Veterans groups have reacted angrily to news that an extended government shutdown will leave the Department of Veterans Affairs unable to make disability compensation and pension payments to veterans.

Losing the payments could have a devastating impact, particularly on severely wounded veterans who are unable to work and depend on VA checks, said Tom Tarantino, chief policy officer for Iraq and Afghanistan Veterans of America.

“Congress and the White House, they’re playing chicken with people’s lives,” Tarantino said. “That’s where this becomes scary.”

Joe Davis, spokesman for Veterans of Foreign Wars, said, “We have to be hopeful that Congress will reach some sort of compromise before millions of disabled veterans and survivors are financially devastated.”

Sen. Bernie Sanders (I-Vt.), chairman of the Senate Committee on Veterans’ Affairs, was planning to introduce legislation Monday evening that would provide funding allowing the Department of Veterans Affairs to continue issuing checks to veterans, a spokesman for his office said.

On Friday, VA issued a “veterans field guide” stating that compensation and pension claims processing and payments would not be affected by a shutdown.

The Washington Post reported Friday evening that notwithstanding the field guide, department officials had briefed leaders of the House and Senate veterans affairs committees Friday afternoon that they would run out of money for the payments in two to three weeks.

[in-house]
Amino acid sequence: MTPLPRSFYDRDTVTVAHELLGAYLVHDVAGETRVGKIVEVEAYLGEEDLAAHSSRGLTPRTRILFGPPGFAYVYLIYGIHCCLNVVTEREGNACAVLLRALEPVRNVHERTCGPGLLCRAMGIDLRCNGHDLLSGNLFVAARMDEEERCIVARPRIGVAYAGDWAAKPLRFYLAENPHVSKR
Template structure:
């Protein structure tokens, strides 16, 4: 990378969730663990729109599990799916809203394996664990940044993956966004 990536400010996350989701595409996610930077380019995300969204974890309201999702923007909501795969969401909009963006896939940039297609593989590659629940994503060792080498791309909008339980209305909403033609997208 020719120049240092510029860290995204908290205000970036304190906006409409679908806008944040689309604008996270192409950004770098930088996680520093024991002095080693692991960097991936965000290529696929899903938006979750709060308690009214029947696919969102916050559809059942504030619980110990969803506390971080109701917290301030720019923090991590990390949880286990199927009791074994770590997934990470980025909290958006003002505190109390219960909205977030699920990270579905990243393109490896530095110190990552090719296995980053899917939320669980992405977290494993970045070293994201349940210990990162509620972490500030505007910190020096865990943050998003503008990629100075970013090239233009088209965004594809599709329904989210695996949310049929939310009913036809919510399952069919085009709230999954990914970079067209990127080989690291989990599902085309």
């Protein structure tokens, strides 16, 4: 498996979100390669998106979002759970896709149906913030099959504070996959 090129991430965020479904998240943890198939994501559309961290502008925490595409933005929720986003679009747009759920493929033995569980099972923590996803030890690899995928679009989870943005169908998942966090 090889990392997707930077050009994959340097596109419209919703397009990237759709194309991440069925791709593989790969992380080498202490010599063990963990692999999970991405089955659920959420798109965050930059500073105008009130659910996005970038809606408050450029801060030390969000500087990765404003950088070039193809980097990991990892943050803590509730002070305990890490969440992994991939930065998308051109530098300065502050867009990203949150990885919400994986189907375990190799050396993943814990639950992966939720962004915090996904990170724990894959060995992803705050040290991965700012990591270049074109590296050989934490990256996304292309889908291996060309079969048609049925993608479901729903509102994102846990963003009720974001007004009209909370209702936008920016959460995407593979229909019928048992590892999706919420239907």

Perplexed congressional officials complained that the VA field guide was misleading and that veterans should know whether to plan for financial disruptions.

VA confirmed The Post report over the weekend, issuing a statement updating the expected impact of a shutdown.

Although VA has exempted claims processors so it can process claims, the department will not have money to issue by the end of the month, the statement said.

“Those benefits are provided through appropriated mandatory funding, and that funding will run out by late October,” said the VA statement. “At that point, VA will be unable to make any payments.”

“Think a shutdown won’t hurt veterans? Think again,” Tommy Sowers, VA’s assistant secretary for public and intergovernmental affairs, wrote in a tweet Sunday referring to The Post story.

Rep. Jeff Miller (R-Fla.), chairman of the House Committee on Veterans’ Affairs, said the issue shows why Congress should fund VA’s discretionary budget a year ahead of schedule.

“The current continuing resolution standoff underscores the urgent need for passage of this bipartisan legislation, which would simply enact into law the widely accepted view that America’s veterans should not be held responsible for Washington’s inability to reach an agreement on America’s budget priorities,” said Miller, who has introduced legislation to provide the funding.

The House and Senate veterans committees are seeking more clarity from VA on the impact of a shutdown on veterans, congressional aides said Monday.